Longevity in ExercisePosted on August 16, 2013
By Blaire Broers, PT, DPT, OCS, SST
Over the past few years, popular workouts seem to be trending toward more intense activities that may be harder on our bodies. Whether the workout requires a faster pace, higher impact activities, lifting heavier weights, or all of the above, sometimes we may be running our bodies into the ground to “get in shape”! Though the intention is undeniably positive, I question whether the benefits outweigh the stress and strain these workouts can place on our bodies and began to think about what are the fundamental goals of exercise.
Everyone has individual goals that help keep them motivated to stay active. Whether the goal is to set a personal record marathon time or to lower cholesterol levels, exercise related goals almost always relate back to living a healthy lifestyle and taking care of ourselves long term. However, some of today’s popular workouts are harder on our joints and may make it difficult to obtain the longevity we desire from our bodies. I have found both personally and through my physical therapy practice that incorporating restorative workouts into an exercise routine is an essential component of decreasing injury risk, recovering from an injury and enabling the body to train long term.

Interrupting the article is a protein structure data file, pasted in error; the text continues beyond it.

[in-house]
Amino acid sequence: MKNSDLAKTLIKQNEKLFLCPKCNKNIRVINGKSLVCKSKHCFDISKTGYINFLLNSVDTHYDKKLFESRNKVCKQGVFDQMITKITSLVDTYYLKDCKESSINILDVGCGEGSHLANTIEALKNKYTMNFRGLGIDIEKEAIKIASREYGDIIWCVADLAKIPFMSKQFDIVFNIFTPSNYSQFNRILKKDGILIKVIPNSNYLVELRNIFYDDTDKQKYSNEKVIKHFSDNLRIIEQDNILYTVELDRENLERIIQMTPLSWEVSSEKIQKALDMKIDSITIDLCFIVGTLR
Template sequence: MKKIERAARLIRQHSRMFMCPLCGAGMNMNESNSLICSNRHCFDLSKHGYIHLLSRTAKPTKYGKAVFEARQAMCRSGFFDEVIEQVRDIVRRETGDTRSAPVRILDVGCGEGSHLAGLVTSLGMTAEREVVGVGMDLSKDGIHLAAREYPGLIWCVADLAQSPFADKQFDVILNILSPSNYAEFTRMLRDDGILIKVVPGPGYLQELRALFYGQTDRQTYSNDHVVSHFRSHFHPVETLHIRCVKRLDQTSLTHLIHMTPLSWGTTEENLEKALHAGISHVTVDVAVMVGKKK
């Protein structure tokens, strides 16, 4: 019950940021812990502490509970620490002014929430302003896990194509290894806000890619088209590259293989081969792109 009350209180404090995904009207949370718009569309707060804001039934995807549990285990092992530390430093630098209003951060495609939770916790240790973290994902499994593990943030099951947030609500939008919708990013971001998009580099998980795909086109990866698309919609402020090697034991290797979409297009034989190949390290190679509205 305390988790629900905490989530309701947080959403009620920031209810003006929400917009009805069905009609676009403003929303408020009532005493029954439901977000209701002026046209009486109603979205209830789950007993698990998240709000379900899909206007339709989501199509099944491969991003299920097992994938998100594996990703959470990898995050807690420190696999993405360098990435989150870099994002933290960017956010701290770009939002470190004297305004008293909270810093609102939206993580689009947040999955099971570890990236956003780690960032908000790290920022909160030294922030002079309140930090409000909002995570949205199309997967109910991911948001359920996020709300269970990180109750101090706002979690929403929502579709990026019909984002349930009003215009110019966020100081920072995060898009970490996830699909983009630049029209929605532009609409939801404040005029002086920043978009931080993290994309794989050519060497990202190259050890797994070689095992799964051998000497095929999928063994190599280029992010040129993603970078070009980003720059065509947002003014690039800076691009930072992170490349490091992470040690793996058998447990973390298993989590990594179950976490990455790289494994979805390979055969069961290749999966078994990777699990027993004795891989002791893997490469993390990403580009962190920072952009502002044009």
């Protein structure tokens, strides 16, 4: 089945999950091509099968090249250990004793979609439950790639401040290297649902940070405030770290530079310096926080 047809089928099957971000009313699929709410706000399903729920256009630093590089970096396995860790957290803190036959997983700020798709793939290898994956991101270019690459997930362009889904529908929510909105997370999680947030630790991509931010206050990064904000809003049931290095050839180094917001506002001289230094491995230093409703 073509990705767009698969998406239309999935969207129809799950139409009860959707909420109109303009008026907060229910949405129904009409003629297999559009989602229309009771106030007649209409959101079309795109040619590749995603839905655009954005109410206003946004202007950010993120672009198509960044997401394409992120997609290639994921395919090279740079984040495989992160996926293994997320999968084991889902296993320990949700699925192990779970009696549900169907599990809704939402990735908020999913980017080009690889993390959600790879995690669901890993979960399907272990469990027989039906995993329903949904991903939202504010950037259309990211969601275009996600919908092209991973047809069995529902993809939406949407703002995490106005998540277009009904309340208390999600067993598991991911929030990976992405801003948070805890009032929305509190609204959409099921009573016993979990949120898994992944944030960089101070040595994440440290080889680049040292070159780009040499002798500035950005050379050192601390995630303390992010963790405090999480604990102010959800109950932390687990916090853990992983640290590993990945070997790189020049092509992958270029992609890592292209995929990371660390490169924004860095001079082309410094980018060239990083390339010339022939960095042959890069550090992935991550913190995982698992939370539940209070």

One of the best restorative workouts is exercising in the pool. Whether it is to swim laps, walk, or perform low impact strengthening exercises, the water is great environment for exercise while giving our joints a break. As the days are becoming shorter, and the weather is cooling, heading indoors to one of the Chicago park district pools is a great option if your gym does not have an indoor pool.
Click on this link to find the pool closest to you: http://www.chicagoparkdistrict.com/facilities/swimming-pools-indoor/
Not a swimmer? Here are some ideas for creating an effective water workout: